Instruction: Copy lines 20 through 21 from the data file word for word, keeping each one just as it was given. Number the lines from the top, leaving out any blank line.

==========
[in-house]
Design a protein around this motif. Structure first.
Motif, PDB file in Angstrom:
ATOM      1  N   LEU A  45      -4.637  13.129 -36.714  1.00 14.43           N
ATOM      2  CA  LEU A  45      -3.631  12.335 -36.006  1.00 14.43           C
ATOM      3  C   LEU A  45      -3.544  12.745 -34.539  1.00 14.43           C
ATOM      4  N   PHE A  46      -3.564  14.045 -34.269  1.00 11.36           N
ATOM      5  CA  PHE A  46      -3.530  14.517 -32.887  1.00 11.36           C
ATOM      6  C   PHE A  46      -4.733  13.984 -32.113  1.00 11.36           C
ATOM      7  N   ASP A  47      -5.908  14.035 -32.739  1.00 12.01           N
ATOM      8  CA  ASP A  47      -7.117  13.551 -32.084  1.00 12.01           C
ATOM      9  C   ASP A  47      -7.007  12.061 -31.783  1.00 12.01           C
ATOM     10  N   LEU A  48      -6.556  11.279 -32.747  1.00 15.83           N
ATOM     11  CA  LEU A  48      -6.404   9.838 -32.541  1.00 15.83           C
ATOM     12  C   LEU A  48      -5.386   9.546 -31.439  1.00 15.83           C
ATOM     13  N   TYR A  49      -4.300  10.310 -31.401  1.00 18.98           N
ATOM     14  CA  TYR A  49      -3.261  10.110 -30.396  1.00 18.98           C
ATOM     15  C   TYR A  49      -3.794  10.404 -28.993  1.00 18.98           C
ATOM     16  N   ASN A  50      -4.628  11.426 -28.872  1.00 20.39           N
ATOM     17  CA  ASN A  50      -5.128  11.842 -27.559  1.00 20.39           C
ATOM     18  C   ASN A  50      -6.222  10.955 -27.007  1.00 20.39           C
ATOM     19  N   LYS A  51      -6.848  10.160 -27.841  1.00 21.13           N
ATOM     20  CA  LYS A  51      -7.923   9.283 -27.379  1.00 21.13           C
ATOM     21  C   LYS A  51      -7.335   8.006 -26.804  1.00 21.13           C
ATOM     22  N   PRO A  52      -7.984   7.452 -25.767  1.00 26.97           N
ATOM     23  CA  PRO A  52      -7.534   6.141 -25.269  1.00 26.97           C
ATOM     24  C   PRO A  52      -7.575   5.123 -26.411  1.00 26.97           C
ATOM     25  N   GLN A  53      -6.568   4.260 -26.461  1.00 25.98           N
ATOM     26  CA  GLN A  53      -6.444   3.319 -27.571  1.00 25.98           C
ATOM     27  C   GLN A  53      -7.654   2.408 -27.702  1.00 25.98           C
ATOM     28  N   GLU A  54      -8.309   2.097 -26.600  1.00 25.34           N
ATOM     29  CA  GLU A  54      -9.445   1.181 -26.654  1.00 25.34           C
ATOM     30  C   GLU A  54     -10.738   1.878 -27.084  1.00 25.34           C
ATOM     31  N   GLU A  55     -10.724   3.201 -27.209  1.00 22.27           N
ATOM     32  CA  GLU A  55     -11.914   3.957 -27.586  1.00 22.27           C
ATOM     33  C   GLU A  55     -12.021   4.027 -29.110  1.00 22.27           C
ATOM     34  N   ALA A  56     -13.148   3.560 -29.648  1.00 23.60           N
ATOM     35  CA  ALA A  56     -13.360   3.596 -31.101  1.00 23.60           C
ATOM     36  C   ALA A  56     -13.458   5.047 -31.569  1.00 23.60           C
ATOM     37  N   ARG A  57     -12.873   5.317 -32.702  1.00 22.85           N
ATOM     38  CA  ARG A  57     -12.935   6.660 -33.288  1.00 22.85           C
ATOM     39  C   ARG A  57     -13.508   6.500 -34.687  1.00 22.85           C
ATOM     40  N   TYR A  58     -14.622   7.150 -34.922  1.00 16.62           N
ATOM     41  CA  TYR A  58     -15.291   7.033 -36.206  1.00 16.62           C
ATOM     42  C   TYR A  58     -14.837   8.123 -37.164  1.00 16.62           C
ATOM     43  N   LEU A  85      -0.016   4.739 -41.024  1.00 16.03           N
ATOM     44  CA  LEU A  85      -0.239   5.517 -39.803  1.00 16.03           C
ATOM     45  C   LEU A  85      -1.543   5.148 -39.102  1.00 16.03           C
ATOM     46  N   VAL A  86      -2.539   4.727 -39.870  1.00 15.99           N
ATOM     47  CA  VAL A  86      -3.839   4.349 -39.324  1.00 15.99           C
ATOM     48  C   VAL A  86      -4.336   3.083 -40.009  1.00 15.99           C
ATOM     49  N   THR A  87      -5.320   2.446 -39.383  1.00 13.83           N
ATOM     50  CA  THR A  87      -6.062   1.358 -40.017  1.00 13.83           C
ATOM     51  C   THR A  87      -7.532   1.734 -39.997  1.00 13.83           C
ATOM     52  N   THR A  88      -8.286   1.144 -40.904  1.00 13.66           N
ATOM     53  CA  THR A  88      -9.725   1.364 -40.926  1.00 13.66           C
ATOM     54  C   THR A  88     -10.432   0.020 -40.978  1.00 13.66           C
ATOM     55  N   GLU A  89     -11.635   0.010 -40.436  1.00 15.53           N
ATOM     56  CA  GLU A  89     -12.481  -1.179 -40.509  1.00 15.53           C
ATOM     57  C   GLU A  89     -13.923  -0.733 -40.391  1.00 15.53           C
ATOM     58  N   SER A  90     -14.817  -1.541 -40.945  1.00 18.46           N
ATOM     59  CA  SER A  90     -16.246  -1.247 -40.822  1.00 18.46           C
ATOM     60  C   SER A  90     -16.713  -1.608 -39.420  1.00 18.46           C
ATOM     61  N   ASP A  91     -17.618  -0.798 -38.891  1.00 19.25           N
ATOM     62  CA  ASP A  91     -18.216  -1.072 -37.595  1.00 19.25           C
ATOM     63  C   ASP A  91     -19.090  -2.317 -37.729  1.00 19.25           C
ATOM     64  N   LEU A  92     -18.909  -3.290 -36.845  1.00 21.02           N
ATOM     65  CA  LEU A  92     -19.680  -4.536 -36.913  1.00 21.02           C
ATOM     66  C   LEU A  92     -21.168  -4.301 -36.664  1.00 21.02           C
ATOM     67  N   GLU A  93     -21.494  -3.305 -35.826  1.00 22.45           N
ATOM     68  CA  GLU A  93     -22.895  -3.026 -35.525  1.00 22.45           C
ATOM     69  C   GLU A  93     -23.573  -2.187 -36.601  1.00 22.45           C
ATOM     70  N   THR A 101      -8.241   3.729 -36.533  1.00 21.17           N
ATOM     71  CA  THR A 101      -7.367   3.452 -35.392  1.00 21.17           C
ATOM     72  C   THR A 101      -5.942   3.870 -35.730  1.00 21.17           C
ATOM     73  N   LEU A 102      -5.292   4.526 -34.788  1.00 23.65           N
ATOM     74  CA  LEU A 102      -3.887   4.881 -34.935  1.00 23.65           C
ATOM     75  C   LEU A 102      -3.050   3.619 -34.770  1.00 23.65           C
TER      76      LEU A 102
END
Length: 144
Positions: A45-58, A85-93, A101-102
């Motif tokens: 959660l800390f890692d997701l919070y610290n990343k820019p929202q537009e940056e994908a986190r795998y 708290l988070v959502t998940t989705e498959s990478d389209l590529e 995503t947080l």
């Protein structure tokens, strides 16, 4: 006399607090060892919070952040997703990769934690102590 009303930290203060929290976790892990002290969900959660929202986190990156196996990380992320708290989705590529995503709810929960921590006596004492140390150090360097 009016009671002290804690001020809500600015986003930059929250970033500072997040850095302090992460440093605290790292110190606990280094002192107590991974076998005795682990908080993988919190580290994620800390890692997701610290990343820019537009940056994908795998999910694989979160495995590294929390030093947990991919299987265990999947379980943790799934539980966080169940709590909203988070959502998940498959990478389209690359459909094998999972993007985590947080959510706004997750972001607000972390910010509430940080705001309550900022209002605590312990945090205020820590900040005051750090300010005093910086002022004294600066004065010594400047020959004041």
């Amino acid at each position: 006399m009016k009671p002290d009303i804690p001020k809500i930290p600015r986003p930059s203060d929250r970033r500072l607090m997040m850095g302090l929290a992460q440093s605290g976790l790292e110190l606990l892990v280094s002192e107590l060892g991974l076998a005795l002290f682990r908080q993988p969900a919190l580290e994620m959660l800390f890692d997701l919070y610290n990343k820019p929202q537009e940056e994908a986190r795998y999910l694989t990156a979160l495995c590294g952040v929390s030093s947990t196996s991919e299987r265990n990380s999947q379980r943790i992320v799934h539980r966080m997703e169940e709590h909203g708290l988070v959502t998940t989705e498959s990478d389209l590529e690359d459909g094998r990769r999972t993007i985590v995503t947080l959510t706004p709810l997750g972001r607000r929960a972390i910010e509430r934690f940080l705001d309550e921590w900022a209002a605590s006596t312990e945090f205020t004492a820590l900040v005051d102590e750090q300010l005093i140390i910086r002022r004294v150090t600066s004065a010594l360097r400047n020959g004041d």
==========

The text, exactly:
ATOM     17  CA  ASN A  50      -5.128  11.842 -27.559  1.00 20.39           C
ATOM     18  C   ASN A  50      -6.222  10.955 -27.007  1.00 20.39           C